Most of us aren’t aware of our rights during police questioning. For most people, this subject is very confusing. However, it’s always best to know your rights whenever you’re involved with the police. As American citizens, we all have rights. For example, the majority of people know they have the right to remain silent. Is this the only right you have in the middle of a police questioning? You may think that as long as you aren’t doing anything wrong, you can withhold your name. Like others, you may also believe that your freedom of speech allows you to say what you want to the police. Let’s take a closer look at a few of these issues.
Do You Have to Answer Questions Asked by The Police?
You are under no obligation to speak during a police investigation or during police questioning. This is a fundamental fifth amendment right given to all US citizens. Without probable cause, a police officer doesn’t have the right to stop and question individuals randomly. An officer may request information, but they cannot compel you to speak. Refusal to speak is under no circumstances reason for an arrest.
Do You Have to Identify Yourself?
So, if you are under no obligation to answer questions, that should mean you don’t have to identify yourself either. However, that is not always the case. For example, you are only subject to identify yourself if an officer believes you have committed an infraction. If an officer has probable cause and you refuse to state your identity, they consider this obstruction. More pointedly, it is lawful for an officer to compel you to state your name if they are issuing you a summons.
Can You Be Arrested for Swearing at an Officer?
Simply swearing at a police officer isn’t enough to warrant an arrest. This is even true during police questioning. Surprisingly, an officer cannot charge you with assault for calling them a dirty name. However, if you begin yelling and waving your arms about, they will consider these actions threatening. You could find yourself in handcuffs if you cannot control your actions.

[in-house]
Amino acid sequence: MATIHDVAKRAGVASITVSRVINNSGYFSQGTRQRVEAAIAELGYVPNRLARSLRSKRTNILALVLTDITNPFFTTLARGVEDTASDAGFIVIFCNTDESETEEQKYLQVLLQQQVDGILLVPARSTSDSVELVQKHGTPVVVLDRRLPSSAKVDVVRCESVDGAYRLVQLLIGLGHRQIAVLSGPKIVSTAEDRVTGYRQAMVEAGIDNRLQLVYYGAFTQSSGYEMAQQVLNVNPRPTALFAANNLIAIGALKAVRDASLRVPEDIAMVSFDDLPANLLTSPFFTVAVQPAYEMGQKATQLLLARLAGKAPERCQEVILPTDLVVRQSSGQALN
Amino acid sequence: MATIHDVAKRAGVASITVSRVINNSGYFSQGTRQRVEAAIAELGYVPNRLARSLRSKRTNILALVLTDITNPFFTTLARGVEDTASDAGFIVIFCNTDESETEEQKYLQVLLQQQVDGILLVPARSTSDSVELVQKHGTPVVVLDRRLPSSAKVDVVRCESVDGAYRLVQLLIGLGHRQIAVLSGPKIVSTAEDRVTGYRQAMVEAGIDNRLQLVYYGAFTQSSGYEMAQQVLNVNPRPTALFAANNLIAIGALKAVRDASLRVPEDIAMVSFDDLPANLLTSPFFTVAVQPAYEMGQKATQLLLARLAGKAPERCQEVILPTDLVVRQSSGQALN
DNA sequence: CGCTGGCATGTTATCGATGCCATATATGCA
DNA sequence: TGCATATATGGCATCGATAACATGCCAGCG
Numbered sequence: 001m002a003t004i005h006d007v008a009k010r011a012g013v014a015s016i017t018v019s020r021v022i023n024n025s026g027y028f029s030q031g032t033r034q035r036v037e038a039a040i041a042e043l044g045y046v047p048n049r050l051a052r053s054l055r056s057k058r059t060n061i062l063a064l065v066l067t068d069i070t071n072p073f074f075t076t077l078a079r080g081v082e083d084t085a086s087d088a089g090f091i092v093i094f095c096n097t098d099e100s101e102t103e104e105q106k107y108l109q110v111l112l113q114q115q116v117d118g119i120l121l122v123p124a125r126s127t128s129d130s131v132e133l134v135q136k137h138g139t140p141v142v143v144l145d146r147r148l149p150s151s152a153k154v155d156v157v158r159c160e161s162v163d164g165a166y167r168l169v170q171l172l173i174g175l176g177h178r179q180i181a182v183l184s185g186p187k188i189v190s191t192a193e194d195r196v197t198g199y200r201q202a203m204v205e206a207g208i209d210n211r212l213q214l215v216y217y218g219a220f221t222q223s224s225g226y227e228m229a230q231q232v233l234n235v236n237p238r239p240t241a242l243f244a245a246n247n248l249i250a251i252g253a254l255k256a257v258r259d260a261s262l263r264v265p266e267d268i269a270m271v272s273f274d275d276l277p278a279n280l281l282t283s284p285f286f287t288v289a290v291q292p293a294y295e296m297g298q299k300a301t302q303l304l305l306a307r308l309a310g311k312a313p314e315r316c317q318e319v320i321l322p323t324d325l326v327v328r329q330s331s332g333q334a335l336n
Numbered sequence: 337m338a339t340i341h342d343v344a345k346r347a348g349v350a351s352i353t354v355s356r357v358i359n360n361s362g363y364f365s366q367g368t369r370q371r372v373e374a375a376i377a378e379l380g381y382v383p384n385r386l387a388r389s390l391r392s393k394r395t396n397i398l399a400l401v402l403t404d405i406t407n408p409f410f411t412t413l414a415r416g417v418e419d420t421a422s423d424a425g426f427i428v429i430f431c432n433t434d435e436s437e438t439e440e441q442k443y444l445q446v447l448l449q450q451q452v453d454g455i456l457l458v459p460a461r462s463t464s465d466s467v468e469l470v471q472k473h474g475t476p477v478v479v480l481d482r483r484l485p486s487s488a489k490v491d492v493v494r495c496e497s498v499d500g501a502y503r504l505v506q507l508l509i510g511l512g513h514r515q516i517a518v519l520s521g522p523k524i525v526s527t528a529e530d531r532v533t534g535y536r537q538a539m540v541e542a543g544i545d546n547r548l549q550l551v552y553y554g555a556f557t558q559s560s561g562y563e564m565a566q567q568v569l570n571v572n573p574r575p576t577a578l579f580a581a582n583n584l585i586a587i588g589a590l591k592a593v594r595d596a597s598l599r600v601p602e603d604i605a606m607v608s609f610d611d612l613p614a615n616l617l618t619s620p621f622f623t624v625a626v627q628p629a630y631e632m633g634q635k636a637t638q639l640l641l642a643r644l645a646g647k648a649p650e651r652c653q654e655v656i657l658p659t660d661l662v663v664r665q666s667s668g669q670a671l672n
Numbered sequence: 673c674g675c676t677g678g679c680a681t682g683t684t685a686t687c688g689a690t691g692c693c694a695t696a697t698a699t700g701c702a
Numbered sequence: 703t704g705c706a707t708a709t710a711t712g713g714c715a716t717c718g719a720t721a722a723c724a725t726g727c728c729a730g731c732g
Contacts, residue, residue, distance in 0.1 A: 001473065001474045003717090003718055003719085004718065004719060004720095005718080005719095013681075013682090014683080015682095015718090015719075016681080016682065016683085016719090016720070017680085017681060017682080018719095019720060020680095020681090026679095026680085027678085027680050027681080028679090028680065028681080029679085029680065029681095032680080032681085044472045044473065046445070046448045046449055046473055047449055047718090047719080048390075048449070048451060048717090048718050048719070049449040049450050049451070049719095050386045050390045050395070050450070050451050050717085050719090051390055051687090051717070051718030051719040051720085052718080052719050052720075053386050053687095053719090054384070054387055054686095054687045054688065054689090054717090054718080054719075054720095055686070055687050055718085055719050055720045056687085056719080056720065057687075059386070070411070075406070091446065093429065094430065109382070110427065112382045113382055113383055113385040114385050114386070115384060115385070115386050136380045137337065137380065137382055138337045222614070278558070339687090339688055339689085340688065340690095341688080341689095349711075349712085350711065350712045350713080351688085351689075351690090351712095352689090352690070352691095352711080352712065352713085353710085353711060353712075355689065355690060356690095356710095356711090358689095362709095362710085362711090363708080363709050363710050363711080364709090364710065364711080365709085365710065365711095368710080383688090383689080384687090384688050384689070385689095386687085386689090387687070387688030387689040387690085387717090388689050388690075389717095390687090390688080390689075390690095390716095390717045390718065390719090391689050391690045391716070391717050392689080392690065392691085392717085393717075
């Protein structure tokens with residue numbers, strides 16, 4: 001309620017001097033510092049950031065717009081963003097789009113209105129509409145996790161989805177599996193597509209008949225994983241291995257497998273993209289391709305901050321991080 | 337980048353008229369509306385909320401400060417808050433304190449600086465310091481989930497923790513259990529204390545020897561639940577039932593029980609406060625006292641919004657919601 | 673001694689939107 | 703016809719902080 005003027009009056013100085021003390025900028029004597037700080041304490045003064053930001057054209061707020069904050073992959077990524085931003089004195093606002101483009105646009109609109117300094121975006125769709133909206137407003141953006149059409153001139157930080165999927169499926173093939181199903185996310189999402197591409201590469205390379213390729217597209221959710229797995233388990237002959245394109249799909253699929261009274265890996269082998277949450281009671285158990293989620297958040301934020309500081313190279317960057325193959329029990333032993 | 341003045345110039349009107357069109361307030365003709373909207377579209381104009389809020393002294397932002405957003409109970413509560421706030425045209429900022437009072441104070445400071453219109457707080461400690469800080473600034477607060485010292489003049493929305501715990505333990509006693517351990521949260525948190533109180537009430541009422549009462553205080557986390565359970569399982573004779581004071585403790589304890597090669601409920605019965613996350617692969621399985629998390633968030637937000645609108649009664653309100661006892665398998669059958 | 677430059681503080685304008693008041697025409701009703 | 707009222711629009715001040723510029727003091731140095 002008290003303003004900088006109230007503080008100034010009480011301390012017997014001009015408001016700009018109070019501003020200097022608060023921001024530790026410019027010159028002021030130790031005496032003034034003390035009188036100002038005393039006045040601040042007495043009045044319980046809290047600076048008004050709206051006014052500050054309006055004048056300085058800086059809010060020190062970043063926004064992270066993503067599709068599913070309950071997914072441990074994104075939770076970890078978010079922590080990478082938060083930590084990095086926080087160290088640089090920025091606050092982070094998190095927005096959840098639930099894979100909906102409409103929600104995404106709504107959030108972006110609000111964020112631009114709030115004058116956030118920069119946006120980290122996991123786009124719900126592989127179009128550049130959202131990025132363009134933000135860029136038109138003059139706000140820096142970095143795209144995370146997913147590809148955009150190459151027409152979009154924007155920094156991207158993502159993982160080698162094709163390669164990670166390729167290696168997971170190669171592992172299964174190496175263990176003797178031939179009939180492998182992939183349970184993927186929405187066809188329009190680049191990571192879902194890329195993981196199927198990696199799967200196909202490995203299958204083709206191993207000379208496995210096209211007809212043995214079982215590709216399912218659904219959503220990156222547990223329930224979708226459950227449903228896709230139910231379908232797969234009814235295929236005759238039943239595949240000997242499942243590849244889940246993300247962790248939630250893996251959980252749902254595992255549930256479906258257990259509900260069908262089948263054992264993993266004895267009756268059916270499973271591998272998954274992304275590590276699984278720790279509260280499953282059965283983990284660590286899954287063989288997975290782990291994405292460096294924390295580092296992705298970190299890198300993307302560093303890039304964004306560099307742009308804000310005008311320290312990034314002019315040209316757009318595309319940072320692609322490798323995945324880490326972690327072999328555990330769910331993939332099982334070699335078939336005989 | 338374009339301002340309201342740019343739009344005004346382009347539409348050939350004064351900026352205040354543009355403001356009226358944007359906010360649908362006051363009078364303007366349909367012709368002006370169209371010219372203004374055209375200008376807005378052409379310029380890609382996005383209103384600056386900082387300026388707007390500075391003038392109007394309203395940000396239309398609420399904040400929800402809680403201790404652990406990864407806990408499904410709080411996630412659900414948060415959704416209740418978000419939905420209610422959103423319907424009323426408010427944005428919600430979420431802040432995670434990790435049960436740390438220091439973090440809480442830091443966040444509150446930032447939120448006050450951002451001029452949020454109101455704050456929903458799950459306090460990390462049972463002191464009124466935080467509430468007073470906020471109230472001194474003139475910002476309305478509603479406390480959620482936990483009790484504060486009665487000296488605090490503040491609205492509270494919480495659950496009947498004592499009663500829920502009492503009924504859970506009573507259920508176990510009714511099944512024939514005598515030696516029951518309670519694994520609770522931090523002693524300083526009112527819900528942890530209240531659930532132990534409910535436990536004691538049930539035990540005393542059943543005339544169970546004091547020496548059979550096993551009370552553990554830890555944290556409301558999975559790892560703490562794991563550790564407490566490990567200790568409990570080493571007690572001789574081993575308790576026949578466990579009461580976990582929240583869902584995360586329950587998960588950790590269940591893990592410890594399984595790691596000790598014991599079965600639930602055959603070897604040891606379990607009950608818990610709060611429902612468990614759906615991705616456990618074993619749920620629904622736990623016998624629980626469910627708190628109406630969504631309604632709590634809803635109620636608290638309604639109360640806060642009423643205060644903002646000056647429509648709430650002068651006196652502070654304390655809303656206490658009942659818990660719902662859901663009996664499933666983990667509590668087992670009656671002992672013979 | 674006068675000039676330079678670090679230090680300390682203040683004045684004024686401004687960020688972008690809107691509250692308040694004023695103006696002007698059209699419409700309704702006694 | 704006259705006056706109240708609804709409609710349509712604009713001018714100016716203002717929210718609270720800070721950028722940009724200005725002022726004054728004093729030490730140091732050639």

Do You Have the Right to Be Mirandized?
Police officers are required to read your Miranda Rights. Is this always true? If you are in police custody or involved in police questioning, you have the right to have your Miranda rights read to you. If the officers present fail to read these rights, anything you say during questioning cannot be used as evidence.
Do You Have the Right to An Attorney?
At any time during police questioning, you have the right to an attorney. However, in most cases, you must invoke this right firmly and affirmatively. Once you tell the police officers that you want an attorney present before answering questions, they should stop asking questions until an attorney has had the chance to speak with you. If they continue to ask you questions, simply repeat that you want an attorney. Don’t answer any further questions until an attorney arrives.
What Do You Do If Officers Arrest You for Something You Did Not Do?
No one is perfect, not even the police. Usually, as a result of confusion or a lack of understanding, people are arrested even though they feel they did nothing wrong. It’s only natural to want to fight against something that seems unfair or unjust. However, if you are accused of a crime and believe you are innocent, the argument should be held before a judge. Take your fight to the courtroom. Don’t act on these beliefs in public.
As American citizens, the constitution protects our various rights. Law enforcement cannot deny our basic rights to speak and remain silent, especially during police questioning. However, this doesn’t mean you can impede a summons by refusing to state your name. The information above is important to remember in the event that officers are questioning you. If you believe officers are arresting you for a crime you did not commit, take your battle to court. Don’t strike out at officers that are trying to enforce the law. If you or someone you know is in need of an attorney, contact Leon Matchin at 732-887-2479 or email him at [email protected]